The term "American Empire" is today most often used as a derogatory expression to criticize America's military and cultural effects in various parts of the world.

At the same time, many statesmen, scholars, and historians within the United States insist that America is an empire in the sense that the country holds tremendous power over the world, comparable to other great empires of history. Many thus argue that the United States should thus not shy away from using this power as a way of maintaining order, peace, and safety for both America and the world at large. This is ideology is exemplified by the neoconservative Project for the New American Century, which became influential in the 2003 decision to invade Iraq. As recited among the PNAC's statement of principles:

We need to accept responsibility for America's unique role in preserving and extending an international order friendly to our security, our prosperity, and our principles. [2] (

While supporters cite such ideology as one with motivations of global peace and stability, many in opposition view it as harmful to diversity, and reject the notion of a single dominating superpower in order to maintain "balance", "equality", "mutual respect", and "harmony" among all nations around the world. Another criticism is that recent history has shown that despite US claims to the contrary US foreign policy has much more often brought war and conflict than peace.

As an example of the viewpoint commonly expressed by those accusing the United States of imperialism, William Blum wrote in his book Killing Hope - US Military and CIA Interventions Since World War II ( that "From 1945 to 2003, the United States attempted to overthrow more than 40 foreign governments, and to crush more than 30 populist-nationalist movements fighting against "intolerable" regimes. In the process, the US bombed some 25 countries, caused the deaths of several million people, and condemned many millions more to a life of agony and despair."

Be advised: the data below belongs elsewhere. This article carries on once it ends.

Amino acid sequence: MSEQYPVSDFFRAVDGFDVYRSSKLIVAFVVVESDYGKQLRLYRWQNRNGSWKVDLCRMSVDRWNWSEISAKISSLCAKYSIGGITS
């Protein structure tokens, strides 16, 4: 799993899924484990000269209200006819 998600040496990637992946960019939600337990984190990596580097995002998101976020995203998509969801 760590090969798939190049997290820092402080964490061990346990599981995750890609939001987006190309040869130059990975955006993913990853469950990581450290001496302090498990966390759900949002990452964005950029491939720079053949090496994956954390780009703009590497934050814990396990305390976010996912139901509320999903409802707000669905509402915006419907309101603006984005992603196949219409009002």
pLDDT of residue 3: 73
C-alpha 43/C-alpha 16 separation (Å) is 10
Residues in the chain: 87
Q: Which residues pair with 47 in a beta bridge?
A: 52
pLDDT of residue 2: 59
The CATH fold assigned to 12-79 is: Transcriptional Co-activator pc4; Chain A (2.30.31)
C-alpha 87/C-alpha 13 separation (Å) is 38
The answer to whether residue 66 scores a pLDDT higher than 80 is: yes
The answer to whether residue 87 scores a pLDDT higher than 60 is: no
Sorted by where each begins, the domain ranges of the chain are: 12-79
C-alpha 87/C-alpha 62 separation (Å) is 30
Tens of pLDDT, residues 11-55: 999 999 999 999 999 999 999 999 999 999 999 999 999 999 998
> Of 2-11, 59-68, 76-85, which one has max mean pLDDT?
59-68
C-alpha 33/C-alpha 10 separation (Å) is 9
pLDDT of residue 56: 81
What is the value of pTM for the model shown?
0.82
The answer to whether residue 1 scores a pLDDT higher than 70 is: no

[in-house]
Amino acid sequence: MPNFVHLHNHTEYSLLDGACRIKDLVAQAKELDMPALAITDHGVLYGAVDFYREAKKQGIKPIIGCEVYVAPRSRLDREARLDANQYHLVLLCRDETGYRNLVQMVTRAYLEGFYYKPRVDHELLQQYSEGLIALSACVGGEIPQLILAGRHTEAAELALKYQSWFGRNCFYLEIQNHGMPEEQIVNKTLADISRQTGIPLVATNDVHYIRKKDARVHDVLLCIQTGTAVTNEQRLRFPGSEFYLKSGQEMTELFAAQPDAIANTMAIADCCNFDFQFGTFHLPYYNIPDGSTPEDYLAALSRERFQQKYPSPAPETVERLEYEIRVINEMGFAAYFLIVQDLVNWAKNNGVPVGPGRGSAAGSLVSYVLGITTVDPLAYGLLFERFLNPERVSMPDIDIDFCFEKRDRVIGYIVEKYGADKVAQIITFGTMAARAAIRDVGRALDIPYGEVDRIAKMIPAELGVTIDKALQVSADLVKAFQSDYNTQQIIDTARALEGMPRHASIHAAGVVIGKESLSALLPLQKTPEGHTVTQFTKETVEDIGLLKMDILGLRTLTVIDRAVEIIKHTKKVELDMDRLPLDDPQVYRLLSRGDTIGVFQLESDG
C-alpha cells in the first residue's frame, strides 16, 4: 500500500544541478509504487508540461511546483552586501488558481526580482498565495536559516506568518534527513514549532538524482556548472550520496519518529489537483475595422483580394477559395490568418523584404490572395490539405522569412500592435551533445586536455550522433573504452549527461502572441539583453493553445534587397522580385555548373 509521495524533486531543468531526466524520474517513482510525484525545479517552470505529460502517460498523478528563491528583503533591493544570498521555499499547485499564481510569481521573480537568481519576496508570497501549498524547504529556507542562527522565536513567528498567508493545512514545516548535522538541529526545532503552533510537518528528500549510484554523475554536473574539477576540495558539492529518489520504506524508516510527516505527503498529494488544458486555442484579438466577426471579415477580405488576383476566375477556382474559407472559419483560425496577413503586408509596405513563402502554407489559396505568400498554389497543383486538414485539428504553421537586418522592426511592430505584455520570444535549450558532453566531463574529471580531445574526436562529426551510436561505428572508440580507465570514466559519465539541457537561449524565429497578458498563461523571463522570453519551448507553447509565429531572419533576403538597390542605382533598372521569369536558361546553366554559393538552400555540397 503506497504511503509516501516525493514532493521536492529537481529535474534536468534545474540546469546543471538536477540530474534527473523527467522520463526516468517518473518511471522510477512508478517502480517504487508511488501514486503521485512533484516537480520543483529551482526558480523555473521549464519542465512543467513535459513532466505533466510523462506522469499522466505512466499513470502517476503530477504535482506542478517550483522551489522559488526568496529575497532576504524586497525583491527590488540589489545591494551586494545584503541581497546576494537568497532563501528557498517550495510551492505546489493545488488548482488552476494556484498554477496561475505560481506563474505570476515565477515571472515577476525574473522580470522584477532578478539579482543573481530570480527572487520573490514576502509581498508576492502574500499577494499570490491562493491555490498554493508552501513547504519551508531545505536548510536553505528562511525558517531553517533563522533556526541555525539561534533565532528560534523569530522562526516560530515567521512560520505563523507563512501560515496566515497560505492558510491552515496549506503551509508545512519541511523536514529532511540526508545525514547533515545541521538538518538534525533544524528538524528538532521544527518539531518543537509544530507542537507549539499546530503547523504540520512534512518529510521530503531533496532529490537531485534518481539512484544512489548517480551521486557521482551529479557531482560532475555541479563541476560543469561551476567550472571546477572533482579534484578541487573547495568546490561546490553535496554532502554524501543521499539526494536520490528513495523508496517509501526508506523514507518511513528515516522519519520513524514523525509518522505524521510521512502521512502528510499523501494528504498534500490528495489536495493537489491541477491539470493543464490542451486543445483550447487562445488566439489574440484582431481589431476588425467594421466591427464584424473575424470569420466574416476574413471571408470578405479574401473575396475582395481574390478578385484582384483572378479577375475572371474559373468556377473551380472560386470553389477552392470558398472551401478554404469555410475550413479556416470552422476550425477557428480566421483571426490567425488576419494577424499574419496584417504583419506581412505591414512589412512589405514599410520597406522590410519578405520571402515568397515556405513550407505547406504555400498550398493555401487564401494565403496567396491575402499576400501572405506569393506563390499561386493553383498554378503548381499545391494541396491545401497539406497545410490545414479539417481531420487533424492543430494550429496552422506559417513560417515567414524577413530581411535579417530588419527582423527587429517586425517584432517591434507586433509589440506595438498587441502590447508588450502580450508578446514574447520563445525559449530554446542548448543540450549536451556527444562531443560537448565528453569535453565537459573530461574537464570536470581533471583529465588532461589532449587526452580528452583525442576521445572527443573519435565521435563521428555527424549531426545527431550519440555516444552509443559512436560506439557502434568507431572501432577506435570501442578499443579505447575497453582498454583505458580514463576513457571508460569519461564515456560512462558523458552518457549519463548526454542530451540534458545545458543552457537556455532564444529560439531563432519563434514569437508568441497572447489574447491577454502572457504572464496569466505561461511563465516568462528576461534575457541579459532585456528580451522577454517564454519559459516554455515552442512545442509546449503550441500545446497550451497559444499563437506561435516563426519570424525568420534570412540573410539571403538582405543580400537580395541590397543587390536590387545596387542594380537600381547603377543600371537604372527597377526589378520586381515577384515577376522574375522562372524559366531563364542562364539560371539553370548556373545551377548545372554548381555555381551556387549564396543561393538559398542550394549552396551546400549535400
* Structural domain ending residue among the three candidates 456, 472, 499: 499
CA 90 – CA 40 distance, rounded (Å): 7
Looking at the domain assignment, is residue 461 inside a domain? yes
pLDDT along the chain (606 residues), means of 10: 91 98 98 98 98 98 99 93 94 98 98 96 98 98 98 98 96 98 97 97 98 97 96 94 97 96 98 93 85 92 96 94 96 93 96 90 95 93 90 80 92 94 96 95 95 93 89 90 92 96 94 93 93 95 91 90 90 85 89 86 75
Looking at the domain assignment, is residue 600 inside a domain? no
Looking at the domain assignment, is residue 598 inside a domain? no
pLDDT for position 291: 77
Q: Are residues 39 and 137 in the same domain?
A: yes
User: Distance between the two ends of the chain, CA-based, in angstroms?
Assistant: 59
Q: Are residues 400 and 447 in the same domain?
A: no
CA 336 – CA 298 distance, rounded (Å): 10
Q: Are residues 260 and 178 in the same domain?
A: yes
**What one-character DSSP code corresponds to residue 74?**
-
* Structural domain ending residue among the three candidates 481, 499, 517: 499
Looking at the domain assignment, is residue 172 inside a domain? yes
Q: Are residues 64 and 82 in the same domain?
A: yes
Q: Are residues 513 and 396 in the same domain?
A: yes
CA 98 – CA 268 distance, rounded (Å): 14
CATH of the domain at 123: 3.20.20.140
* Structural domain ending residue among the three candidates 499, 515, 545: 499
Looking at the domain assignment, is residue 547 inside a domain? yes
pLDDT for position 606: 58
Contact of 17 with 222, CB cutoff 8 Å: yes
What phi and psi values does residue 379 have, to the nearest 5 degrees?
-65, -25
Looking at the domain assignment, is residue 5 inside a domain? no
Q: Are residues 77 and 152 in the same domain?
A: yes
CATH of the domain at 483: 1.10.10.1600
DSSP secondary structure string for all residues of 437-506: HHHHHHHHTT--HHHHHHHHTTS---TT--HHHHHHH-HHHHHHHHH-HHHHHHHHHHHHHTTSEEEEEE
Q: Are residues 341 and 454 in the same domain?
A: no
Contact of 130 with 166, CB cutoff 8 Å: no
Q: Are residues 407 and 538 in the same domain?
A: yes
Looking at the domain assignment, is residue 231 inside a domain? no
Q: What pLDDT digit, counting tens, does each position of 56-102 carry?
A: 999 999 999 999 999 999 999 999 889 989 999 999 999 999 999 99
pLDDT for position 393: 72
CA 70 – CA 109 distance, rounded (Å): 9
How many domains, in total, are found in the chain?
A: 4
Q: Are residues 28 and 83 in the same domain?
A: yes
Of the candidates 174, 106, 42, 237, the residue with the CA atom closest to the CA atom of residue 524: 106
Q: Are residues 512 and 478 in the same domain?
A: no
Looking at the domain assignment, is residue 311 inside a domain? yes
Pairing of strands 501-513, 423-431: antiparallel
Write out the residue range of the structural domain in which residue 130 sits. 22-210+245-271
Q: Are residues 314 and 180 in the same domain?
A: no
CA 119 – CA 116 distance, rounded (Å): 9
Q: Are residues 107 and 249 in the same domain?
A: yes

There has been much literature in recent years about the current state of what some consider to be the "American Empire."

In American Empire: The Realities and Consequences of U.S. Diplomacy (2002), Andrew J. Bacevich argues that the end of the Cold War did not mark the end of an era in American history, because (he says) American foreign policy did not fundamentally change after the Cold War. Bacevich argues, like historians Charles Beard and William Appleman Williams before him, that American foreign policy has long been driven by the desire to expand access to foreign markets in order to benefit the domestic economy. Bacevich believes that the moralistic reasons given for American foreign intervention mask the true economic reasons, and he warns that American economic imperialism (in the guise of globalization) may not be in the best interests of the United States.

In the book Empire by Michael Hardt and Antonio Negri, the USA is seen as central for the development and constitution of a new global regime of international power and sovereignty, termed empire by Hardt and Negri. The book builds on neomarxist, postcolonial, postmodern ideas and globalization theories. Because the empire of Hardt and Negri is decentralized and global, not the rule of one sovereign state over another, it may be differentiated from the American Empire described in this article.

Though many critics and analysis of "American Imperialism" tend to be on the left side of the political spectrum, there are right-wing critics as well. Prominant American conservative activist Patrick Buchanan discusses American foreign policy in his book A Republic, Not an Empire and argues that the modern United States has betrayed its founding principles by engaging in excessive "meddling" around the world. Buchanan in turn argues that acts of terrorism against the United States, such as the September 11, 2001 attacks are the direct result of America's ill-fated attempts to intervene in places where she should never have been involved in the first place. Buchanan's arguements have been interpreted as the latest form of American isolationism, long a critical counter-voice in American foreign policy discussions.

In his books Empire: How Britain Made the Modern World (2003) and Colossus: The Price of America's Empire (2004), historian Niall Ferguson has drawn parallels between the British Empire and the imperial role of the United States in the late 20th and early 21st centuries. However, he describes the United States political and social structures as more like those of the Roman Empire than of the British. In contrast to Hardt and Negri, Ferguson views empire as a neutral description, with both positive and negative aspects.

See also

eo:Usona Imperio ja:アメリカ帝国